A consent order is, in essence, an agreement of the parties that has been approved by the court. As the Supreme Court has consistently noted, one of the “ ‘fundamental canons of contract construction require that we examine the plain language of the contract and the parties' intent, as evidenced by the contract's purpose and surrounding circumstances.’ “ Highland Lakes Country Club & Cmty., Ass'n v. Franzino, 186 N.J. 99, 115 (2006) (quoting State Troopers Fraternal Ass'n v. New Jersey, 149 N.J . 38, 47 (1997) (citations omitted)). The plain language of the Consent Order here is not ambiguous, nor is it obscured by the surrounding circumstances. Defendants clearly did not forfeit in the Consent Order their right to invoke their statutory immunities, or their right to invoke them as soon as the litigation was reactivated.
Moreover, our Court Rules explicitly state that a request to dismiss for failure to state a claim “may be made in any pleading permitted or ordered or by motion for summary judgment or at the trial on the merits.” R. 4:6–7 (emphasis added). Thus, by its very terms, Rule 4:6–7 permits a party to raise the defense of a failure to state a claim as late as trial, as well as sooner on motion. See Buteas v. Raritan Lodge No. 61 F. & A.M., 248 N.J.Super. 351 (App.Div.1991); see also Pressler & Verniero, Current N.J. Court Rules, cmt. 1 on R. 4:6–7 (2015) (stating that a defense under Rule 4:6–2(e) “may be raised as late as trial”). We further note that defendants did, in fact, assert the defense of failure to state a claim in response to plaintiff's amended verified complaint that he had filed earlier in the Law Division, albeit in a footnote in their motion papers, before the Consent Order was entered.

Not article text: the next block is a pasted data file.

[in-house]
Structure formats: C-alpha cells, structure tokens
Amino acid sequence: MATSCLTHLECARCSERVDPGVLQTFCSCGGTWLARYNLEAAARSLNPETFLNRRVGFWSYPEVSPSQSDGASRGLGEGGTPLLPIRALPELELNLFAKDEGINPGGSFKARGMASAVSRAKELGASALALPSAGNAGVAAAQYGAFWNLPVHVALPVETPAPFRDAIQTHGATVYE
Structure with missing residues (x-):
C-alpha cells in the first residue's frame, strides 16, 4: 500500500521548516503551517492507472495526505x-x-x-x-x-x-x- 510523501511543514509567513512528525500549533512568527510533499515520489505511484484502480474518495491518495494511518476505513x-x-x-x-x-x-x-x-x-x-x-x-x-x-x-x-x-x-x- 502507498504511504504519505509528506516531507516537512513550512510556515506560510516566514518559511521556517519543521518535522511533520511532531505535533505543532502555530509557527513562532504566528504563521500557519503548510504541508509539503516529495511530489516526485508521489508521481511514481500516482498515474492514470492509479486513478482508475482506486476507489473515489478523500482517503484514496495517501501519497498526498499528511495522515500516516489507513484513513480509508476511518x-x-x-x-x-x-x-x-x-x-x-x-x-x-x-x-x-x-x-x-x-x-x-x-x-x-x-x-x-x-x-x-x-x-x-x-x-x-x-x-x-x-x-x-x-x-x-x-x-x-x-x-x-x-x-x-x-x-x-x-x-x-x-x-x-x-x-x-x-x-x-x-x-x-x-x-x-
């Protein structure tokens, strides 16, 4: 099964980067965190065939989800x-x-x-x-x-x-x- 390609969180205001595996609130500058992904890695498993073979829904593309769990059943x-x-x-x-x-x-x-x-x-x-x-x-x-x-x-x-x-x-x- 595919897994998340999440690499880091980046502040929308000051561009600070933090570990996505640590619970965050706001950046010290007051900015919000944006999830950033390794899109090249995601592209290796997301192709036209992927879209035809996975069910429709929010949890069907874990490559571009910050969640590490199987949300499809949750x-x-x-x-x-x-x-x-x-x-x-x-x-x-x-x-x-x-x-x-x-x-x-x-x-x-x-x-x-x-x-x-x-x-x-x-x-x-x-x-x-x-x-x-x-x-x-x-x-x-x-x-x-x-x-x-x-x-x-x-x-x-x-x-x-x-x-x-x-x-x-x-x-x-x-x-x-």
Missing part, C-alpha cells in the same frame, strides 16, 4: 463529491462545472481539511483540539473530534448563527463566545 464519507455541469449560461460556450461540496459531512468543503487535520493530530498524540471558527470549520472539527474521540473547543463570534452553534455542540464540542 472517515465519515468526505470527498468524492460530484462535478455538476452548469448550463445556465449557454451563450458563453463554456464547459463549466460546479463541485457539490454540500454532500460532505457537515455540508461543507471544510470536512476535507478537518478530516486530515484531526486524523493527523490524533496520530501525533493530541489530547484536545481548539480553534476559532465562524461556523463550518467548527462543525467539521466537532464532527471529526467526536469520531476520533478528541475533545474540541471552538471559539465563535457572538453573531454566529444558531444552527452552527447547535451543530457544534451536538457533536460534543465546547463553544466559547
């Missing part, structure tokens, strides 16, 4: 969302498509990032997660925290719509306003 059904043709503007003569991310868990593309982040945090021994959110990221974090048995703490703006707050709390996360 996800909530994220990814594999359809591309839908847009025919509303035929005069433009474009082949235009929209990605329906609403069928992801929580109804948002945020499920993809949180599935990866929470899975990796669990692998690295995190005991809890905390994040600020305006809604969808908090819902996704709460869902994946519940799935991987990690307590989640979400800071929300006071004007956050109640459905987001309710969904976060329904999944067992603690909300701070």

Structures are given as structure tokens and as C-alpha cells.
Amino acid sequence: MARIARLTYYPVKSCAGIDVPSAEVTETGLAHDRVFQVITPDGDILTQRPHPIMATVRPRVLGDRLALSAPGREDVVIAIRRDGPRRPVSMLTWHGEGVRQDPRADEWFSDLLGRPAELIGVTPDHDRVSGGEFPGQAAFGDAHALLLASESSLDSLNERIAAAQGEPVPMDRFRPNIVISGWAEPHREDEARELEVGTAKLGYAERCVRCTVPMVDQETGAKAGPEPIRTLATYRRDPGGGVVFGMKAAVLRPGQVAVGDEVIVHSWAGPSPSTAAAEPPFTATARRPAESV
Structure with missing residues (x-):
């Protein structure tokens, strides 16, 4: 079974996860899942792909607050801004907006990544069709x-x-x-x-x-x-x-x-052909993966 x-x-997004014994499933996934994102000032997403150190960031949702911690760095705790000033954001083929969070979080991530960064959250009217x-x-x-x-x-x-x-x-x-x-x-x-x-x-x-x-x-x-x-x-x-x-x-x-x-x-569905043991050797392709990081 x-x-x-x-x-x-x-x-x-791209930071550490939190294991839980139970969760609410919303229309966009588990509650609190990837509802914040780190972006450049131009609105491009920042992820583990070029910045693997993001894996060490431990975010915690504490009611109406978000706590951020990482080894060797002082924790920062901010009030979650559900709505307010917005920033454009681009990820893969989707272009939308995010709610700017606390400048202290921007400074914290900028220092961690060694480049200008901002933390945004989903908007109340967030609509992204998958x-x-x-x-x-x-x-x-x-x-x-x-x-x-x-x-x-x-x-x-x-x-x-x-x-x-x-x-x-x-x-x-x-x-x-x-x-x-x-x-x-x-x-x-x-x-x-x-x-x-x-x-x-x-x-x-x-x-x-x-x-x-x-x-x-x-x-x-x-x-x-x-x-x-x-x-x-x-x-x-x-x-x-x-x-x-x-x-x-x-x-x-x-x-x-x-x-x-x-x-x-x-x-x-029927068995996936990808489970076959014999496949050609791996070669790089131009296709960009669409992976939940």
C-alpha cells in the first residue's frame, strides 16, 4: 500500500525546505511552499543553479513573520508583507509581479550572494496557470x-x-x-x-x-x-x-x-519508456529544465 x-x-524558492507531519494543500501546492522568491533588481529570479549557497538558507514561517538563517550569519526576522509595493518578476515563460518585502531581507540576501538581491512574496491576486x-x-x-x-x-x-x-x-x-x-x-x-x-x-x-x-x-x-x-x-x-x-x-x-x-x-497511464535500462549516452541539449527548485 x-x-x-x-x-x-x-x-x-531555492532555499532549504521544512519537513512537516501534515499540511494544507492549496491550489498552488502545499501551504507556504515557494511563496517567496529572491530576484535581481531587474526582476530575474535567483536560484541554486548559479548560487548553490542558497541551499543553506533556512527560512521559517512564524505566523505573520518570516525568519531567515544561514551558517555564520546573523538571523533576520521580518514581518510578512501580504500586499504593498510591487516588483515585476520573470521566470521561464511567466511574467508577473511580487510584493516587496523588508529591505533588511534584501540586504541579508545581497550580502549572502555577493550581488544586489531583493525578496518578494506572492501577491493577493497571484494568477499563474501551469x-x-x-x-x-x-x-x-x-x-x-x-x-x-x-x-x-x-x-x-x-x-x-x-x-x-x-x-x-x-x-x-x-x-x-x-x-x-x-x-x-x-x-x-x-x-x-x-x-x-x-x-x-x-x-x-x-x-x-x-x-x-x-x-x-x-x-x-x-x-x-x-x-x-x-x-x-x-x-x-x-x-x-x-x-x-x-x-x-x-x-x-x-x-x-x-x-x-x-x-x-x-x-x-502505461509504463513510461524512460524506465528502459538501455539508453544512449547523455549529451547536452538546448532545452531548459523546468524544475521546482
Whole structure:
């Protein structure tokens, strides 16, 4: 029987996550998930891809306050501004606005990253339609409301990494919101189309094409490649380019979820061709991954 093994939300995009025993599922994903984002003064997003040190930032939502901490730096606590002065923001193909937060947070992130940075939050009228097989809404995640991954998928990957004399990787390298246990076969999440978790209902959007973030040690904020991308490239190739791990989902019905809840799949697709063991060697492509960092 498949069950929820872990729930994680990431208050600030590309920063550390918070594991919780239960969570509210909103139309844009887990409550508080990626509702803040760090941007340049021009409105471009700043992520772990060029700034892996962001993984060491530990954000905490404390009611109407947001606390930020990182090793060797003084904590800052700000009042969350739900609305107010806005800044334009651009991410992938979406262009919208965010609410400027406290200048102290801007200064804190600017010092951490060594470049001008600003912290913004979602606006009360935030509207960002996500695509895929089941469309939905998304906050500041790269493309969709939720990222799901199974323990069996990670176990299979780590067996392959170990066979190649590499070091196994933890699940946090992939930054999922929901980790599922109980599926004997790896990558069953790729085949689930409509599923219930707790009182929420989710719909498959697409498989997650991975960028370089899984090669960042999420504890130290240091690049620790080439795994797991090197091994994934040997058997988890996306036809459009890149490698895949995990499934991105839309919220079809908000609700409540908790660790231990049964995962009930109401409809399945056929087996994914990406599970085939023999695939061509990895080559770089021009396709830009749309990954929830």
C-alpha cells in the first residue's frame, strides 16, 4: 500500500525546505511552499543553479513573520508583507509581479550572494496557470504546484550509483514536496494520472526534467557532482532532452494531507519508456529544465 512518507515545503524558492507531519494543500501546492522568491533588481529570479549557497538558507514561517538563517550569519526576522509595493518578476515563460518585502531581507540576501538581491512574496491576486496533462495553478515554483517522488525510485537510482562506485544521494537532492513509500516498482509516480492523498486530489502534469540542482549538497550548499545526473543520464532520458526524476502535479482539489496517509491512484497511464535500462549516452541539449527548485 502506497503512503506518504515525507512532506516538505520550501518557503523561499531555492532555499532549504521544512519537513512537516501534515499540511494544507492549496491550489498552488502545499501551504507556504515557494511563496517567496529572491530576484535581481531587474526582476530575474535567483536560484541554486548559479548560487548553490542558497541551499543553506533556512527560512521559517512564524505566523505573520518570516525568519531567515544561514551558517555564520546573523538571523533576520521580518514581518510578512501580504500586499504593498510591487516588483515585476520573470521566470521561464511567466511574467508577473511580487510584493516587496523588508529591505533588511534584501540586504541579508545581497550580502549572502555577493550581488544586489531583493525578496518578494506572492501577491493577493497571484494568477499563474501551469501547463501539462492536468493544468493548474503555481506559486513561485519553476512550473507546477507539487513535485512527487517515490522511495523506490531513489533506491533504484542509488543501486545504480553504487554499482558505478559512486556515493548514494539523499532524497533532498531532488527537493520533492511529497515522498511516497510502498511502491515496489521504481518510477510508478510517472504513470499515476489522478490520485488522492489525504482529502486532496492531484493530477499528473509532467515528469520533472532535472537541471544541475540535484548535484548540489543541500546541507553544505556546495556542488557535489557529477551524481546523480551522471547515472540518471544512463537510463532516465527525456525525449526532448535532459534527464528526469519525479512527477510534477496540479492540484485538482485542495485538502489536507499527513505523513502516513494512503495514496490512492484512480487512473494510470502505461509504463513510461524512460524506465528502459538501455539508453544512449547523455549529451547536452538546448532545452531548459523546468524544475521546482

We recognize that defendants agreed in the Consent Order that plaintiff could reinstate his amended complaint. However, as plaintiff stated at the appellate argument, he sought to “reinstate” not his First Amended Complaint but his Second Amended Complaint. In any event, had defendants acceded to reinstatement of his First Amended Complaint and then opposed further amendment or moved to dismiss, the end result would have been the same.
A second preliminary facet that we must address is the appropriate procedural context in which to evaluate defendants' case-dispositive motion. To be sure, defendants' motion was couched as a motion to dismiss under Rule 4:6–2(e) for failure to state a claim upon which relief may be granted. However, both parties in their submissions respecting that motion, as well as the trial court, made reference to and relied upon documentary materials from the hospital's internal review process. Those materials were beyond the four corners of the complaint, although excerpts of them were quoted or referred to in the complaint. In his ruling, the judge at times referred to the entire record presented to him, which clearly went beyond the discrete excerpts quoted and otherwise referred to in the pleadings. As such, defendants' motion to dismiss most properly should be conceived as a dismissal motion converted to a motion for summary judgment under Rule 4:46–1 to –6, as is permitted under the last sentence of Rule 4:6–2.14
Viewed properly in this more expansive context, we must evaluate the record before us under the customary standards of summary judgment practice. See Brill v. Guardian Life Ins. Co. of Am., 142 N.J. 520, 540 (1995). In particular, we are to read the record in a light most favorable to plaintiff and accord all favorable inferences to plaintiff that can be reasonably drawn from that record. See R. 4:46–2; Brill, supra, 142 N.J. at 540; see also Murray v. Plainfield Rescue Squad, 210 N.J. 581, 584 (2012) (applying the same Rule 4:46 standards on appellate review of a summary judgment order). Upon doing so, we are satisfied, for the reasons we explain, infra, that the trial court's entry of final judgment in defendants' favor was sound and not premature.15